Pac-12 Bests and Worsts of the Week: Vol. III

Posted by Mike Lemaire on December 16th, 2015

With notable results filtering in throughout the week, the complexion of the Pac-12 has undergone significant change in the last seven days. Here’s a look at some of the highlights — and lowlights — of recent action.

Best Audition for NBA Scouts

Colorado's George King Has The Shooting And The Size To Make NBA Scouts Take Notice

Colorado’s George King Has The Shooting And The Size To Make NBA Scouts Take Notice.

Last week we highlighted the NBA potential of a stretch seven-footer like UCLA’s Thomas Welsh and this week it is Colorado forward George King’s moment in the spotlight. The 6’6″, 220-pounder is shooting 50 percent from behind the three-point arc after making four of his six attempts in the Buffs’ win over BYU and has an NBA body so we have to imagine he is getting looked at a little. The redshirt sophomore has zero track record or pedigree, which makes his efficiency all the more surprising. With all the talk in the NBA of the importance of threes and free throws, what is better than a player who is doing exactly that and little else? And therein lies the rub. King has three-and-defense potential but he currently doesn’t play very much defense and he doesn’t pass much either. He is primarily an offensive player at this point and although he is a gifted shooter, he won’t shoot 50 percent from downtown this season. If he can stay efficient and work hard on becoming a better rebounder and defender, there is no doubt he has NBA ability.

Best Non-Conference Scheduling

UCLA is obligated to play a star-studded non-conference schedule because of who they are but it sure seems like the Bruins are cutting their teeth against a legitimate Sweet Sixteen contender every week. Oh wait… they ARE playing a legitimate Sweet Sixteen contender every week. After an impressive win over Gonzaga in Spokane over the weekend, UCLA now owns two (the other is Kentucky) of the most impressive non-conference wins of any team in the country. Considering two of the team’s three losses were in a preseason tournament halfway across an ocean, we are inclined to believe those wins will vastly outweigh the losses in the eyes of any committee that may or may not evaluate the Bruins for postseason play. The Bruins will likely end up in a lot of bubble discussions in February and there is no doubt these games help teams prepare for the pressure of similar games in the postseason. They aren’t done either. UCLA plays North Carolina in Brooklyn on Saturday.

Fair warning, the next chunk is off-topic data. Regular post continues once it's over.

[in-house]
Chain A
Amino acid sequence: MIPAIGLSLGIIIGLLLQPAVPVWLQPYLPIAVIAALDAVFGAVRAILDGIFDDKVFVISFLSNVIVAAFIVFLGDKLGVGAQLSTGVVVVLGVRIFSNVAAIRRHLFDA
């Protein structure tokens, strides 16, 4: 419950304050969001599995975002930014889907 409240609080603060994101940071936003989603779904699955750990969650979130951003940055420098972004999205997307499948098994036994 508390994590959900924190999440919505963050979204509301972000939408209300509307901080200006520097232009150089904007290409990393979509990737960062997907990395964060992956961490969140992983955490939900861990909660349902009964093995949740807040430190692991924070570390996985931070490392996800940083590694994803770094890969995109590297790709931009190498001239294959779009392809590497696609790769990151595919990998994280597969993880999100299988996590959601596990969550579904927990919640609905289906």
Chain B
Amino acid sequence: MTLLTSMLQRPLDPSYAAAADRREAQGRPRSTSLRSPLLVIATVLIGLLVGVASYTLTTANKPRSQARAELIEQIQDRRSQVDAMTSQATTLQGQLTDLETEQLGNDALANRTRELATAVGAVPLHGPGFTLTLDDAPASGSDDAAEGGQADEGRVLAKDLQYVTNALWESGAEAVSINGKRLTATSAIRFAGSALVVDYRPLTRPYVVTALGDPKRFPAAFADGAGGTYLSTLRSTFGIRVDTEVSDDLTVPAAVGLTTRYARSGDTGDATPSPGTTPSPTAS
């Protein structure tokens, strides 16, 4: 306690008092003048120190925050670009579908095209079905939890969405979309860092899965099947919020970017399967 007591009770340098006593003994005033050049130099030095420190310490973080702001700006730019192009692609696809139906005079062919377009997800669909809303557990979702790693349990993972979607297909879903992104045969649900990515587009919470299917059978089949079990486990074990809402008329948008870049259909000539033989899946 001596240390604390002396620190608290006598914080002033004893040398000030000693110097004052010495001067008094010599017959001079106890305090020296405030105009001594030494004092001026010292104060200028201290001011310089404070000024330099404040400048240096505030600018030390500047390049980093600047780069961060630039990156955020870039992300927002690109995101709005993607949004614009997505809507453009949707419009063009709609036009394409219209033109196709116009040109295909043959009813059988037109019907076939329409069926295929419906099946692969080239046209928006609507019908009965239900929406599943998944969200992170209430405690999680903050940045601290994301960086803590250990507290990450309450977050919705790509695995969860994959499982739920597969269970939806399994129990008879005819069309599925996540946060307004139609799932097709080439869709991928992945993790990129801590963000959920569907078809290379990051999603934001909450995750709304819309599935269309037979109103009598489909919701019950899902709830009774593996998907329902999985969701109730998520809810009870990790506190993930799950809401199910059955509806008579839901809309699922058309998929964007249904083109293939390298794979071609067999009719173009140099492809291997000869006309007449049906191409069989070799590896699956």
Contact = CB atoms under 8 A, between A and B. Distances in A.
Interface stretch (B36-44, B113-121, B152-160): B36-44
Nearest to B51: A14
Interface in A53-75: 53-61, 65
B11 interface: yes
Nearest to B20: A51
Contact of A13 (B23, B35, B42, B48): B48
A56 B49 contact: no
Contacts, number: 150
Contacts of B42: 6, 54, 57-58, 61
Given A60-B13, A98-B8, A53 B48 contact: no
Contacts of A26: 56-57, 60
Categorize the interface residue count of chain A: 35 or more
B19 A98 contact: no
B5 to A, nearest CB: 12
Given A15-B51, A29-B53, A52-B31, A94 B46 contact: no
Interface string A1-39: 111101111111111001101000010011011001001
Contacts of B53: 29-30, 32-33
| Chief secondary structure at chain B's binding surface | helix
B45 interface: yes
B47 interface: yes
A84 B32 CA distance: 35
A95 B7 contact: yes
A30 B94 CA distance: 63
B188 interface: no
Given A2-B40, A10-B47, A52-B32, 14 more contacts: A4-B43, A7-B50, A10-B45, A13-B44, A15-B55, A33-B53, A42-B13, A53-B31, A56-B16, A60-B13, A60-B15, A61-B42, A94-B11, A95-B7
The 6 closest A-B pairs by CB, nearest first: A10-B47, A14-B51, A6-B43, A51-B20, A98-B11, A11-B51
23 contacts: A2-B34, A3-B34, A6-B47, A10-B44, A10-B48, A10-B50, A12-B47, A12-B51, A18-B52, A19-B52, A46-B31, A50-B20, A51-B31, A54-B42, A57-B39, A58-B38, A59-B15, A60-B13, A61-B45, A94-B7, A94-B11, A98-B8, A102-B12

Best Moral and Actual Victory

Others might disagree with this assessment, but Cal’s gutty win over St. Mary’s was the most important of the week (with apologies to UCLA). The Golden Bears simply could not lose to St. Mary’s at home and expect to be taken seriously as an at-large contender and although it wasn’t pretty, Cal got the win, weathering Tyrone Wallace’s worst game in almost a full calendar year in the process. It was the type of game that does more harm than good and because of an early start, it had all the makings of an upset. But credit the Golden Bears for hanging on and regaining a little momentum. Doubting the Golden Bears is on trend right now but this still feels like a team learning to play together. Jaylen Brown is still inconsistent, Jordan Mathews is a better shooter then he has shown this season and Jabari Bird seems to be finding his footing after a slow start shooting the ball. The team has more than a week to prepare for its trip to Charlottesville to play Virginia, a team they can beat if everything goes right. But they need to win the ones they are expected to first, and that is what they did this weekend.

Worst Start to a Farewell Tour